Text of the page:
Falcons pick Comet alumnus in NFL Draft

Local athlete chosen in first round

By Robert Clinton, Sports Editor

Contra Costa College has long been a hotbed of talented students who rarely receive the attention or recognition their accomplishments demand they deserve.

That all changed  Thursday night when CCC alumnus and Richmond resident Takkarist McKinley was drafted in the first round of the 2017 National Football League Draft.

After being selected with the 26th pick by the Atlanta Falcons, the 6 foot 3 inch, 250 pound, defensive lineman removed any doubt about his East Bay lineage or the passion that drove McKinley toward achieving his goals. 

In 2011, as a student at Kennedy High School in Richmond, McKinley made a deathbed promise to his grandmother, who raised him and served as his biggest supporter.

He vowed to stay in school and play football at the Division I level.

She died shortly after the conversation.

Shortly after being drafted, a tearful McKinley gave a impassioned declaration to his late grandmother on nationwide TV that was emblematic of the passion and spirit he showed during his time at CCC.

“I made a promise to her and I stuck to it. I told her before she died that I would live my dream, get out of Richmond, go D-1 and play in the NFL,” McKinley said to NFL Network analyst Deion Sanders. “I made that promise to her and 30 seconds later she passed away — this is what I do it for.”

McKinley’s arrival at CCC in 2013 was purely circumstantial.

After notching 60 tackles and 11 sacks as a senior at Kennedy, McKinley committed to the University of California Berkeley before problems with his transcripts forced the freshman away from Berkeley and into a search for a solution to pursue his dream.

“Takk (McKinley) was a qualifier out of Kennedy. But before getting to play at Cal they said he was a non-qualifier,” former Comet football coach and current San Jose State University running backs coach Alonzo Carter said.

“I grew up with his uncle in Oakland and he told me that Takk needed help with his eligibility problems. I looked at his transcripts and they looked OK, but we decided to enroll him at CCC to keep him active while we got everything sorted out.”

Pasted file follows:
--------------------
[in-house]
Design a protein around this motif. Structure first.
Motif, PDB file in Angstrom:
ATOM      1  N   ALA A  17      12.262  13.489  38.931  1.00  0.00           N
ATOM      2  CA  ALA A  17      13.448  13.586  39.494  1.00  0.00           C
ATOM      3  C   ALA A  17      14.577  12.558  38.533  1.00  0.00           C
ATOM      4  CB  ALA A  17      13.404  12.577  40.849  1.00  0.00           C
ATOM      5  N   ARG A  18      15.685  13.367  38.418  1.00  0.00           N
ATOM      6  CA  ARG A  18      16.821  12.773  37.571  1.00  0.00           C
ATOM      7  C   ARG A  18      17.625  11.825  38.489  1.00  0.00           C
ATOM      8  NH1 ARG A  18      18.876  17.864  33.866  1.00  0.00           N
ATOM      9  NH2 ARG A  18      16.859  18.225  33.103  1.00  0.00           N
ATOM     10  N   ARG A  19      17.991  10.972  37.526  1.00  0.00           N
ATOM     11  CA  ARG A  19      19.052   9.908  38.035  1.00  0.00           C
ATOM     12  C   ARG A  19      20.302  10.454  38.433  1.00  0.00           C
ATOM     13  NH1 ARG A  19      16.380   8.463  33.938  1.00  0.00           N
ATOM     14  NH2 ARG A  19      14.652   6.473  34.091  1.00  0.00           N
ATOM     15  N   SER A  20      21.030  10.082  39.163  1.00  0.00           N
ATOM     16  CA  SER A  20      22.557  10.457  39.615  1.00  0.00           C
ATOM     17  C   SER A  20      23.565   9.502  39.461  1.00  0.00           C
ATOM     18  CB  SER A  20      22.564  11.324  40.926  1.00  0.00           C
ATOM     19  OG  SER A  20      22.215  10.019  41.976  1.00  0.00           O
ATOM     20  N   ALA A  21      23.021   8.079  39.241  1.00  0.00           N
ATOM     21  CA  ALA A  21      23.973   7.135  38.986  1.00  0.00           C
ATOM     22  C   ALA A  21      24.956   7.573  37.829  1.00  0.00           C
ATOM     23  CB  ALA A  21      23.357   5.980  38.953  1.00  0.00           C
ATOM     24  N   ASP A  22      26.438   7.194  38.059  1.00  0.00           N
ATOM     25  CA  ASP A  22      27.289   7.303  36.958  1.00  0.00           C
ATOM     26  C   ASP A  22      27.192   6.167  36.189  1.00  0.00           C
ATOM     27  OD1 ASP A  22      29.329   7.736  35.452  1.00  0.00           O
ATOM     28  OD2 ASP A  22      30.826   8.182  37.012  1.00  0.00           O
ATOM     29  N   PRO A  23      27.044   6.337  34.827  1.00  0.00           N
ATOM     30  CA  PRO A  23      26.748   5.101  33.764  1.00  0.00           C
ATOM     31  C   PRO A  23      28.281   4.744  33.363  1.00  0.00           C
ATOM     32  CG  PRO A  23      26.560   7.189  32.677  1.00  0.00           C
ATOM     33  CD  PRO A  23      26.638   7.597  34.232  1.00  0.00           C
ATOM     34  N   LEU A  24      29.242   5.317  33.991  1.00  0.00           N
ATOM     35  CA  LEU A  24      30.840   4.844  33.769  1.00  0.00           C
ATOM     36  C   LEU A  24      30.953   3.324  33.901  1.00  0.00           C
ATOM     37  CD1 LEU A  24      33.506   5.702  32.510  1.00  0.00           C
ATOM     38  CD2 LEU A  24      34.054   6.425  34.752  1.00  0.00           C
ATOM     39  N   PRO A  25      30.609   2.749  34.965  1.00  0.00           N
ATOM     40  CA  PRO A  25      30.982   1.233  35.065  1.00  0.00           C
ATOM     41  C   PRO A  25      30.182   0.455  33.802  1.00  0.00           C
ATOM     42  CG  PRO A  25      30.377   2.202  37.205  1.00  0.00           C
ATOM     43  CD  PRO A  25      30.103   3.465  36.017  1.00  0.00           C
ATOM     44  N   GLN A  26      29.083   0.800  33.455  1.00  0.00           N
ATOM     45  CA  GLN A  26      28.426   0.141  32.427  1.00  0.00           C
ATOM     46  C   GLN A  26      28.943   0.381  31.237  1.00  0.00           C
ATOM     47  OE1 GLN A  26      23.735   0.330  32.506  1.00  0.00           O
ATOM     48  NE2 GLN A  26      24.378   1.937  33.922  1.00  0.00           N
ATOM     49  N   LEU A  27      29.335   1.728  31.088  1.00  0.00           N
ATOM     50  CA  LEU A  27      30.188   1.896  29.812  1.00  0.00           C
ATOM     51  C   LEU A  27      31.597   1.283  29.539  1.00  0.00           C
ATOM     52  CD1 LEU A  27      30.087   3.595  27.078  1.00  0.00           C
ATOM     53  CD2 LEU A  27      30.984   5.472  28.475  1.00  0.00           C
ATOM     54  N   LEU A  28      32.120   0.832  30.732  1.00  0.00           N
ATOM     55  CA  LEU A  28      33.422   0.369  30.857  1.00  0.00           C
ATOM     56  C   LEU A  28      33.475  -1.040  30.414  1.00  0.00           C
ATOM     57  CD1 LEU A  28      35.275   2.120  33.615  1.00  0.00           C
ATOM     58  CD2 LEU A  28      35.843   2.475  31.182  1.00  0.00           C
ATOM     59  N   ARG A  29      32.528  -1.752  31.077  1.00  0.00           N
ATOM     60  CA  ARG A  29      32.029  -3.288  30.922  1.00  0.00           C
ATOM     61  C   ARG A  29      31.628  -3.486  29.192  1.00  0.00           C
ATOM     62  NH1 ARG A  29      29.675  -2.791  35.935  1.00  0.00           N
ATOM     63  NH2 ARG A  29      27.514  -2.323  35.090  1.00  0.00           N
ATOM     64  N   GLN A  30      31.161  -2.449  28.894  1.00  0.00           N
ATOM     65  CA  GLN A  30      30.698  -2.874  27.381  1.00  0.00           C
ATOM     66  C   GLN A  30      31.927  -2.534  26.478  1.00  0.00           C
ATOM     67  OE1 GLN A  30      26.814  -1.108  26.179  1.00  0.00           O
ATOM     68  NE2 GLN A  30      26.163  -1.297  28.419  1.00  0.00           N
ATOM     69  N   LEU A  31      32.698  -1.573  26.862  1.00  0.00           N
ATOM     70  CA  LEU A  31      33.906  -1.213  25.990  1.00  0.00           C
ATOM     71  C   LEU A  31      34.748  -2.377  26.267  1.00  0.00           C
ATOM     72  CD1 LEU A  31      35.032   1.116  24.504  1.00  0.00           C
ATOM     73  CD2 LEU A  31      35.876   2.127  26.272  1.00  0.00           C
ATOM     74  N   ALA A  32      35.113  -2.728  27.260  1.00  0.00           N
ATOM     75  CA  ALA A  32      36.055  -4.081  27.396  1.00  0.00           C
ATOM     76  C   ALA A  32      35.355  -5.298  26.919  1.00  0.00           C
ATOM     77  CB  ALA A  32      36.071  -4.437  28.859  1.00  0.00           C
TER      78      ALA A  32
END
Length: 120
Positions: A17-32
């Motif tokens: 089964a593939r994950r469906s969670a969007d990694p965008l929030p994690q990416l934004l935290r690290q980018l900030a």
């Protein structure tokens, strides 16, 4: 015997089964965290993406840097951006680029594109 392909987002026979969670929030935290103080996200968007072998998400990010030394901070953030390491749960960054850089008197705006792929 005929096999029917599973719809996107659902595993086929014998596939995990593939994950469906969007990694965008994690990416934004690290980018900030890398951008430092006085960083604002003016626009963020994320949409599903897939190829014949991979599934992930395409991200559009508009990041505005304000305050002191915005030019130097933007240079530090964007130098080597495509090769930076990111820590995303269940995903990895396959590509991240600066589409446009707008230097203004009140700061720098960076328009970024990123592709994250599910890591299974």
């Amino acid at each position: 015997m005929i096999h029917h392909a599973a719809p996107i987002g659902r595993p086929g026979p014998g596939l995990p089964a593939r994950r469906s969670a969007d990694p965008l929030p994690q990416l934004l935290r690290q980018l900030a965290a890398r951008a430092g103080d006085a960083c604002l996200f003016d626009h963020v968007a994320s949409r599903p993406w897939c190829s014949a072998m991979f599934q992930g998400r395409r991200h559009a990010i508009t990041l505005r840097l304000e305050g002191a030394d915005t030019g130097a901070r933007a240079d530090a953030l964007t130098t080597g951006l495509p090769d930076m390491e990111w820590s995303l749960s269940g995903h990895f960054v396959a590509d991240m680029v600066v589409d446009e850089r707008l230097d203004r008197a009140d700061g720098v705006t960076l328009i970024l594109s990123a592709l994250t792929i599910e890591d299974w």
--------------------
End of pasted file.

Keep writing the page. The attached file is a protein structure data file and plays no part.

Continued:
Carter said McKinley left CCC, after just one year, as a two-time Dean’s List student with a GPA higher than when he was accepted into Cal out of high school.

Also, when he arrived at CCC the only offers he had were from Cal and Washington State University. However, when McKinley left the college, the freshman touted over 40 offers from schools in all the major athletic conferences in the NCAA.

Sociology and social sciences department Chairperson Vern Cromartie taught McKinley during his time at CCC and knows the obstacles he had to overcome in life.

“When I think of Takk I think of resilience. For him to overcome hardships, battle back and make it is huge,” Dr. Cromartie said. “It shows anyone can be successful if they have that one adult step up in their life, and that’s who his grandmother was for him.”

Carter accompanied McKinley to Philadelphia’s Art Museum, the site of the 2017 NFL Draft, and he said he was excited to revel in the success of his former player.

“This is a blessing. It’s euphoric being here at the draft in Philadelphia,” Carter said. “Everything has come full circle because of trusting the process. Takk went from part-time player as a sophomore at UCLA to a starter in his junior year. He ended being named to the All PAC-12 team in his senior year.

“It’s big. It’s major, and I’m proud to be a part of his success,” he said. “He dreamed about playing professional football. He’s living his dream and he’s not done.

“There is so much upside for him. The passion you see on TV is not going to stop. The sky’s the limit for him.”

As a junior in 2015, McKinley started 12 of 13 games for the Bruins, recording 35 tackles and 3.5 sacks. The following season, he nearly tripled his sack total ending his senior season with a total of 10. On its list of draft prospects, in which the attributes and weakness of projected NFL picks are analyzed, sportsillustrated.com lists McKinley’s second and third effort toward securing a tackle as an intangible attribute of the 21-year-old, and one of the keys to his professional success.

For McKinley, drive and determination have been the keys to his consistent success and are signature characteristics that are used to describe the lineman by those who shared time with him at CCC.

“His success is not complicated,” CCC Athletic Director John Wade said. “McKinley had remarkable drive. He wanted to get out and continue to move forward. That kind of drive can propel a person to great things.

“He is a great kid,” Wade said. “People focus on how boisterous he is, but when McKinley was here he was a good student and never had any problems with anyone.”

Current Comet sophomore linebacker Amari Mount played his freshman year with McKinley, and has returned to CCC after rehabbing from injury and fulfilling family obligations.

After playing in the 2013 season with the defensive end, Mount saw firsthand what it takes to achieve at a high level.

“He was a man on a mission. You couldn’t stop him,” Mount said. “Anyone that got in his way he would tear them up. It makes me want to grind harder. It motivates me.

“I shed a tear when I saw him walk across the draft stage because I played and practiced with him,” he said. “It made me realize what is actually possible.”

McKinley’s public success, and the unapologetic way he embraces his roots, has made an immediate impact with athletes attempting to retrace his footsteps.

“It is huge that he has achieved this level of success as a one (year) and done player. He is a real Richmond story of perseverance,” Carter said.

“A local kid from Kennedy High School to CCC then to UCLA and finally drafted (in the first round) into the NFL by the Atlanta Falcons — it’s a blessing. He’s living his dream.”